Executors named in a Will have a wide range of tasks to complete when someone dies and for some this can be very daunting.
As part of their duties an executor has to value the assets and debts of the deceased’s estate, pay any taxes and distribute the contents of the estate to the beneficiaries.
In order to do this, the executor may have to apply for a Grant of Probate, so that they have the authority to manage the estate and get access to the deceased’s bank accounts and property.
In this article we discuss what happens if an executor refuses to apply for the Grant of Probate and what a beneficiary can do if an executor is performing the role badly.
In many cases beneficiaries like to have the deceased’s estate administered quite quickly after the person has died.
If the executor refuses to apply for the Grant of Probate, then a beneficiary (or next of kin) can write to the executor to give notice that they are applying to court for someone else to administer the estate.
If the executor is in possession of the original copy of the Will, a subpoena must be served on them telling them to hand it over within eight days. If the executor doesn’t provide the Will within this timeframe, the next of kin can then lodge a citation at court, which forces the executor to either accept or refuse the Grant of Probate.
A citation allows the court to direct that the Grant of Probate be given to the next of kin, if the executor fails to refuse or accept the Grant of Probate. The next of kin can then administer the estate.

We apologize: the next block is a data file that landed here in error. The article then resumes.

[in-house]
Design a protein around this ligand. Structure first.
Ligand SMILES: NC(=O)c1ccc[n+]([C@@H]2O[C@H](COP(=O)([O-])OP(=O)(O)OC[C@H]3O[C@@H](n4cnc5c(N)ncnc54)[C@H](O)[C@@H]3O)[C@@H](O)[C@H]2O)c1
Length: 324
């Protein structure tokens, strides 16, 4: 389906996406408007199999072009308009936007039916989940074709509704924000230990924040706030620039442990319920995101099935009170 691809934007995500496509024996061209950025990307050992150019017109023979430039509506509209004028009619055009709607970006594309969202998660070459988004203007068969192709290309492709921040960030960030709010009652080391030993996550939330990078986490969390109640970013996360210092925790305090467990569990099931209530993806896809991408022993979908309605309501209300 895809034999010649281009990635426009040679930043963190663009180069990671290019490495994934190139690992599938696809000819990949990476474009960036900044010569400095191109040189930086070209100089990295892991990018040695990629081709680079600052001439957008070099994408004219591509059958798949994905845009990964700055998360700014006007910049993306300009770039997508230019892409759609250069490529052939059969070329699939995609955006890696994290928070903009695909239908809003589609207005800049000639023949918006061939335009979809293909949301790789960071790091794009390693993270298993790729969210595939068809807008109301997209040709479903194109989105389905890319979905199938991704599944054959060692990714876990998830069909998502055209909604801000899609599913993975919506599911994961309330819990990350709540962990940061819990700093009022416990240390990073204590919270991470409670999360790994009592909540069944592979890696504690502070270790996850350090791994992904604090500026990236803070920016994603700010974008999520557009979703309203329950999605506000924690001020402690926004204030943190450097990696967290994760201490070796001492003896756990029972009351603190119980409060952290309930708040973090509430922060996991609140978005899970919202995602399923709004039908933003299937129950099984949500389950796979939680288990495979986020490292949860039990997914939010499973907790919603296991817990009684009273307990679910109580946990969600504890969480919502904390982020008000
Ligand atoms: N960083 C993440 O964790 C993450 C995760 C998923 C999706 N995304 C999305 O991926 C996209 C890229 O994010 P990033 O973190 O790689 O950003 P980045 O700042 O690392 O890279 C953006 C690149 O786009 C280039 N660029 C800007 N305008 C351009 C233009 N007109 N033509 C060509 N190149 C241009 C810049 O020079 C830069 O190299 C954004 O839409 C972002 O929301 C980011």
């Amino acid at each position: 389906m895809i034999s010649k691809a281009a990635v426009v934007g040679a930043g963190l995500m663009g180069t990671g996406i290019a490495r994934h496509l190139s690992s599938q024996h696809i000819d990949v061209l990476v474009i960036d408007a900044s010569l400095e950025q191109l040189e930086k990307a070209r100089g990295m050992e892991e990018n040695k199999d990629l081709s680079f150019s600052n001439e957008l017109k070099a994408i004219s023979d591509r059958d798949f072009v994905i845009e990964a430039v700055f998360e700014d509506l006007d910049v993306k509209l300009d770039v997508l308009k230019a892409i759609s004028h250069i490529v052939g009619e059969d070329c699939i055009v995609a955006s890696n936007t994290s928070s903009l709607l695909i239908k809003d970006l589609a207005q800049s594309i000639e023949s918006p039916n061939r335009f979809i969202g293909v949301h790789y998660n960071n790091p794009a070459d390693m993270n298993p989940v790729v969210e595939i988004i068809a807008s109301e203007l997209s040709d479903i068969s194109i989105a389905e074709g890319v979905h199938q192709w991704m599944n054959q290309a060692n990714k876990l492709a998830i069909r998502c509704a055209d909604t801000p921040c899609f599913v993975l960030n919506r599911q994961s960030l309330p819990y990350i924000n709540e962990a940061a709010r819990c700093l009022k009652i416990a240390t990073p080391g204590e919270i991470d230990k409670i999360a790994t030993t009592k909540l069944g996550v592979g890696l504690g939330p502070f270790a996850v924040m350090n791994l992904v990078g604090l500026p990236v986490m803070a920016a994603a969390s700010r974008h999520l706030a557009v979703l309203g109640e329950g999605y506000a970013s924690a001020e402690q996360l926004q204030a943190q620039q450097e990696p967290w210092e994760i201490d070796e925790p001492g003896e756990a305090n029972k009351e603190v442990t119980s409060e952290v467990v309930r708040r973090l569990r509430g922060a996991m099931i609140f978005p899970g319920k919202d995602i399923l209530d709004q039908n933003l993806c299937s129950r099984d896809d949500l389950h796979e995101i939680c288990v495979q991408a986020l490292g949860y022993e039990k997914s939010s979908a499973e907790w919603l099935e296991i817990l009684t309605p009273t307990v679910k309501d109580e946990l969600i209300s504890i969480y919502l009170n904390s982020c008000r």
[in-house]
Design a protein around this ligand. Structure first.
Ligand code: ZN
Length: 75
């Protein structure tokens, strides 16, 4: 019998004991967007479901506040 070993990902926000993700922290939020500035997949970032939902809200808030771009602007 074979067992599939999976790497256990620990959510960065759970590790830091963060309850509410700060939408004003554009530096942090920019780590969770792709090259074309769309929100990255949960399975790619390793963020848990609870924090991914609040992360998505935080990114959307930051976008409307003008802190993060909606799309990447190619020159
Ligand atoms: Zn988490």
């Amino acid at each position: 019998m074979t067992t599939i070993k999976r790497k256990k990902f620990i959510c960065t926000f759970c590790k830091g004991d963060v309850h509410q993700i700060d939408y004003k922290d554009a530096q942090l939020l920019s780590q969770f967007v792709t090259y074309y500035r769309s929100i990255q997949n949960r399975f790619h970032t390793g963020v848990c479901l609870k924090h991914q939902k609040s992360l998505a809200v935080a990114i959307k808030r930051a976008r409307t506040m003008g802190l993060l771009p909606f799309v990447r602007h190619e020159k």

But if the executor has already intermeddled in the deceased’s estate, then a citation cannot be served. This is because an executor who has been involved in the estate cannot renounce their role or refuse to take the Grant.
If the executor refuses to apply for the Grant, the next of kin can apply for a court order which directs the executor to take probate within a specified timeframe or, alternatively, that they, as next of kin (or another specified person), can be issued with the Grant.
The next of kin can apply for the Grant once they have obtained a court order.
If a beneficiary is unsure of an executor’s actions, they can initially write to the executor asking them for an account of the administration of the estate.
If the beneficiary is still dissatisfied with the executor’s explanation, they can apply to the court to remove and substitute the executor.
However, this is not an easy thing to do, as the beneficiaries must prove to the court that the executor has seriously misbehaved. The courts, generally, will only remove an executor if they have done the following:1. Disqualification
The executor has become disqualified since they were appointed by the deceased, i.e. they have been convicted of a crime and sent to jail.2. Incapability
They are incapable of performing their executor duties. For example, if they have a physical or mental disability (albeit permanent or temporary), which is preventing them from performing their duties.3. Unsuitability
They are unsuitable for the position due to either a conflict of interest or serious misconduct. The misconduct would have to be so serious that it affects badly the estate (e.g. stealing from the estate, not keeping proper accounting records, not obeying a court order, or mismanaging the estate).
Misconduct can be difficult to prove. If the beneficiaries feel that the executor has been rude to them or does not provide them with sufficient information, then this is not enough for a court to remove an executor.
Beneficiaries can apply for a court order to remove an executor by making a Part 8 Claim, under the Civil Procedure Rules 57.13.
The following documentation must be provided to support the application:
If proceedings regarding an inheritance dispute have already started, then the application to remove an executor must be made by an application notice and not by a Part 8 claim.
Published on: September 21, 2012